The luggage that was left behind lay piled up in the airport’s departure hall. All available staff were called up to help take the luggage left in the departure hall away on trollies. The airport’s Director of Operations Lode Ketele told VRT News that this is necessary “as there is always a risk. This is luggage that has not yet gone through security checks so we don’t know what exactly is in it”.
Meanwhile, the mammoth task of sorting the luggage and figuring how just how many suitcases need to be returned to their rightful owners got underway.
On Saturday night two planes left carrying luggage that had been left behind. On Sunday work to reunite the thousands of people forced to leave their luggage behind with their suitcases will continue.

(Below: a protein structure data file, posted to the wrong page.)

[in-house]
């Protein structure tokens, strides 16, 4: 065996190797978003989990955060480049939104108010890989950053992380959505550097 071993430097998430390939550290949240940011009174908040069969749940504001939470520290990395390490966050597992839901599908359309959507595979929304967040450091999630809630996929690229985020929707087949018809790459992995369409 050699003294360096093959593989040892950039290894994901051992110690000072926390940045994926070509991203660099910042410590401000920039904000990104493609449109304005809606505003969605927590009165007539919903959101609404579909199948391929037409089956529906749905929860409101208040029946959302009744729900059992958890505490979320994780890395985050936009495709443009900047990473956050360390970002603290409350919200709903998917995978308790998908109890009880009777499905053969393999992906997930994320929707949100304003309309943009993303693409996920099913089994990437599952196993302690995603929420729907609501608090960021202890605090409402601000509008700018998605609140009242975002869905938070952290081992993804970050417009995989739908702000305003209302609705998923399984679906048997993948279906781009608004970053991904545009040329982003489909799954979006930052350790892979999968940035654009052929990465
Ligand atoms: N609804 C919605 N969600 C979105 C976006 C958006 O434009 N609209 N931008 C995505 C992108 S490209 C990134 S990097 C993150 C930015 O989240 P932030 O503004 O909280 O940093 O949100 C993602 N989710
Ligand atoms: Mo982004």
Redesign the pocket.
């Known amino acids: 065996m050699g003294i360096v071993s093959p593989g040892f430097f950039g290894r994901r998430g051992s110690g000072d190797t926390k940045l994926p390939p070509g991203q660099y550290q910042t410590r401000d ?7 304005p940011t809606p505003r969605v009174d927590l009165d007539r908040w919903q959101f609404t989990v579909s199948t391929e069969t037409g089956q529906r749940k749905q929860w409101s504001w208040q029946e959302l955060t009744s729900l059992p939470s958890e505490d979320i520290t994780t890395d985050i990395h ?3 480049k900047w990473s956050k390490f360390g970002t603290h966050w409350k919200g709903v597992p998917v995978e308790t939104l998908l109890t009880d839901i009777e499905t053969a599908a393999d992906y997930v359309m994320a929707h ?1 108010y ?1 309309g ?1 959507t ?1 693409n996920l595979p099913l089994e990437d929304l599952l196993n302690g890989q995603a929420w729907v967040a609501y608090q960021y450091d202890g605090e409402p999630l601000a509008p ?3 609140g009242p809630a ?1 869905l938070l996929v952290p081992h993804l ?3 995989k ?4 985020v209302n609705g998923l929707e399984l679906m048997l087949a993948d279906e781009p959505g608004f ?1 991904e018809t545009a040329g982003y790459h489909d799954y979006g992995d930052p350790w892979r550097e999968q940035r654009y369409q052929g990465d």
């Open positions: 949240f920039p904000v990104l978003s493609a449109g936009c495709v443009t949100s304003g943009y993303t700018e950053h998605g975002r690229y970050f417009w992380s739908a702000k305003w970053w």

It won’t be an easy task, not least because today is yet another exceptionally busy day at the airport with 89,000 passengers, most of whom with luggage, expected.
As planes are currently fully booked it isn’t an easy task finding space for the extra luggage.
"At times like these airlines show each other solidarity”, Mr Ketele added.
Brussels’ Airlines’ Spokeswoman Nathalie Pierard told VRT News “Every avenue is being explored, even taking the luggage to other airports so it can leave from there”.
The chance that luggage reaches its rightful owner quickly is greatest with destinations to which there are several flights a day. However, there are only a couple of flights a week to some destinations. There the chance of that passengers will be reunited with their luggage quickly is far more remote.
Brussels Airlines says that it is taking a creative approach to the issue of the luggage its passengers had to leave behind on Saturday. For example, luggage bound for Corsica will be flown to Lyon where it will be taken by road to Marseilles and put on a boat to Corsica.